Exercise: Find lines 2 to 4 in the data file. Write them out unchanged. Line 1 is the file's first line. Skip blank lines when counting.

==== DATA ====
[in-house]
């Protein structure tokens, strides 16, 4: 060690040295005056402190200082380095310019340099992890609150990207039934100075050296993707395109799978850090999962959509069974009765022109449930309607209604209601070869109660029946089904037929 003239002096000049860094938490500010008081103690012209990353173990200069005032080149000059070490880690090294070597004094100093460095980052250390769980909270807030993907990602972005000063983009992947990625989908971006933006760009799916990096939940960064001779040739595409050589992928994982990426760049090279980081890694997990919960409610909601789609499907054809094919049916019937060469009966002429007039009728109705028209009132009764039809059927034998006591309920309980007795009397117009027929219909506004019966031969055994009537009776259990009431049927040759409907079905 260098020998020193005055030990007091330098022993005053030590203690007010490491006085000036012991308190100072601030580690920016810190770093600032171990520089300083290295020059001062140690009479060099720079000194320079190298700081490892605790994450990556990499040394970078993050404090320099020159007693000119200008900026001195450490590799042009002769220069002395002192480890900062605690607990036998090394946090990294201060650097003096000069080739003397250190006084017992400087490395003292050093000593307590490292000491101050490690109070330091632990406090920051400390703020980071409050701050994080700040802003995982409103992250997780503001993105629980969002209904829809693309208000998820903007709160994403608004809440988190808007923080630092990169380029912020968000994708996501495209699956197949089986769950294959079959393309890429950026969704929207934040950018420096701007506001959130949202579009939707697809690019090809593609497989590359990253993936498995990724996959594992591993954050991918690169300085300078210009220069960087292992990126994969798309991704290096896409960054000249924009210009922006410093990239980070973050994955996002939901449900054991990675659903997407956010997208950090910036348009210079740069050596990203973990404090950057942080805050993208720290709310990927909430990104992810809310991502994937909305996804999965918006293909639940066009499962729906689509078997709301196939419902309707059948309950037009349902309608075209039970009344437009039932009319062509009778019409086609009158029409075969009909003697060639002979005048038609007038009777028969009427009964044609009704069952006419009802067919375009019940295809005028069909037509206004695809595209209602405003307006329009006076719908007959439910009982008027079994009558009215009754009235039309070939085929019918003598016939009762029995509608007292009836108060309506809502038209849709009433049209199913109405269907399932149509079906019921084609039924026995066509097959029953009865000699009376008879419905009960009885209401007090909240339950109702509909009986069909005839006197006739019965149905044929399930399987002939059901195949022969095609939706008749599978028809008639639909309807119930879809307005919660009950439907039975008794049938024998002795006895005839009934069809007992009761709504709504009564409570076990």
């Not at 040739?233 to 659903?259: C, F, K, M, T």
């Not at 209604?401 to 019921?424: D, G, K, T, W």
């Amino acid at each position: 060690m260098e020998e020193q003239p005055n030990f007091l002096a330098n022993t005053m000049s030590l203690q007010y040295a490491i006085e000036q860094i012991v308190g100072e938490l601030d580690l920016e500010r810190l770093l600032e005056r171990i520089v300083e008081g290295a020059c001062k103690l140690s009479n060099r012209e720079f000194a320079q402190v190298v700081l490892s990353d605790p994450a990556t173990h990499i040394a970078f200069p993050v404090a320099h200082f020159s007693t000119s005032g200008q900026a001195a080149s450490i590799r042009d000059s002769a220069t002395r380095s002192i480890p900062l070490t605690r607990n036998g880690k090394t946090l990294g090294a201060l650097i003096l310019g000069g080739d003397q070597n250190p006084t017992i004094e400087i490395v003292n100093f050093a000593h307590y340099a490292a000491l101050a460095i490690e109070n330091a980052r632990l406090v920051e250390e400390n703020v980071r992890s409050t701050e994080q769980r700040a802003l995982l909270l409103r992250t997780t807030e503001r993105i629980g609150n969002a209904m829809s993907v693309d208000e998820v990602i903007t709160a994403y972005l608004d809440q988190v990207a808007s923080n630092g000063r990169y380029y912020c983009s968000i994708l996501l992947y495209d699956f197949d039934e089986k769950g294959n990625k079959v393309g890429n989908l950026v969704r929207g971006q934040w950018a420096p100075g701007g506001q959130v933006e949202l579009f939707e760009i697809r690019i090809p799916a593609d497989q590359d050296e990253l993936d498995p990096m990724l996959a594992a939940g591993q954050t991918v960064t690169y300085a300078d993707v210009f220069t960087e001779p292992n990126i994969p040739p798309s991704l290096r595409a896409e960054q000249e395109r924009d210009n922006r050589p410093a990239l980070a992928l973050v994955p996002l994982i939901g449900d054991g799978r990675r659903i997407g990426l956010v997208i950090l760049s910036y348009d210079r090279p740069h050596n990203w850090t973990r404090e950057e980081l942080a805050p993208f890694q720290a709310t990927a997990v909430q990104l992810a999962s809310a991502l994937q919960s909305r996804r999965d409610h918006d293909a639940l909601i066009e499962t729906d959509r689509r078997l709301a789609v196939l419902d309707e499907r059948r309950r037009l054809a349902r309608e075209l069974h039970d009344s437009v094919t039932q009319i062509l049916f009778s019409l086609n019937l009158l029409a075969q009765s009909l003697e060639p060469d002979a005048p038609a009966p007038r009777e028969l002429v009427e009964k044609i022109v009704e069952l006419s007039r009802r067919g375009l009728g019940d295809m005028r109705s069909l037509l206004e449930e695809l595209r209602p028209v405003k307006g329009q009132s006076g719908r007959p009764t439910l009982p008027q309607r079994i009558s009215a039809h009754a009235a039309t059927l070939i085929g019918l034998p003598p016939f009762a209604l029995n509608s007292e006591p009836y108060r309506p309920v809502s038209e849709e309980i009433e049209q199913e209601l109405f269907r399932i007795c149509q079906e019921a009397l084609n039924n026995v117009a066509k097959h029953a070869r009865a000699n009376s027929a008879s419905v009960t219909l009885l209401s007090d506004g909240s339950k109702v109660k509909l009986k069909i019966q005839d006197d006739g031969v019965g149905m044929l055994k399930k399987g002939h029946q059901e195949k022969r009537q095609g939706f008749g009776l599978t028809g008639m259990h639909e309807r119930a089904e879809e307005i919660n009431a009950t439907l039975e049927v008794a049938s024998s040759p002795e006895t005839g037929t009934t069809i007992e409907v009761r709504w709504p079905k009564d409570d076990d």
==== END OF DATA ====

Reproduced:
């Protein structure tokens, strides 16, 4: 060690040295005056402190200082380095310019340099992890609150990207039934100075050296993707395109799978850090999962959509069974009765022109449930309607209604209601070869109660029946089904037929 003239002096000049860094938490500010008081103690012209990353173990200069005032080149000059070490880690090294070597004094100093460095980052250390769980909270807030993907990602972005000063983009992947990625989908971006933006760009799916990096939940960064001779040739595409050589992928994982990426760049090279980081890694997990919960409610909601789609499907054809094919049916019937060469009966002429007039009728109705028209009132009764039809059927034998006591309920309980007795009397117009027929219909506004019966031969055994009537009776259990009431049927040759409907079905 260098020998020193005055030990007091330098022993005053030590203690007010490491006085000036012991308190100072601030580690920016810190770093600032171990520089300083290295020059001062140690009479060099720079000194320079190298700081490892605790994450990556990499040394970078993050404090320099020159007693000119200008900026001195450490590799042009002769220069002395002192480890900062605690607990036998090394946090990294201060650097003096000069080739003397250190006084017992400087490395003292050093000593307590490292000491101050490690109070330091632990406090920051400390703020980071409050701050994080700040802003995982409103992250997780503001993105629980969002209904829809693309208000998820903007709160994403608004809440988190808007923080630092990169380029912020968000994708996501495209699956197949089986769950294959079959393309890429950026969704929207934040950018420096701007506001959130949202579009939707697809690019090809593609497989590359990253993936498995990724996959594992591993954050991918690169300085300078210009220069960087292992990126994969798309991704290096896409960054000249924009210009922006410093990239980070973050994955996002939901449900054991990675659903997407956010997208950090910036348009210079740069050596990203973990404090950057942080805050993208720290709310990927909430990104992810809310991502994937909305996804999965918006293909639940066009499962729906689509078997709301196939419902309707059948309950037009349902309608075209039970009344437009039932009319062509009778019409086609009158029409075969009909003697060639002979005048038609007038009777028969009427009964044609009704069952006419009802067919375009019940295809005028069909037509206004695809595209209602405003307006329009006076719908007959439910009982008027079994009558009215009754009235039309070939085929019918003598016939009762029995509608007292009836108060309506809502038209849709009433049209199913109405269907399932149509079906019921084609039924026995066509097959029953009865000699009376008879419905009960009885209401007090909240339950109702509909009986069909005839006197006739019965149905044929399930399987002939059901195949022969095609939706008749599978028809008639639909309807119930879809307005919660009950439907039975008794049938024998002795006895005839009934069809007992009761709504709504009564409570076990």
């Not at 040739?233 to 659903?259: C, F, K, M, T």
């Not at 209604?401 to 019921?424: D, G, K, T, W």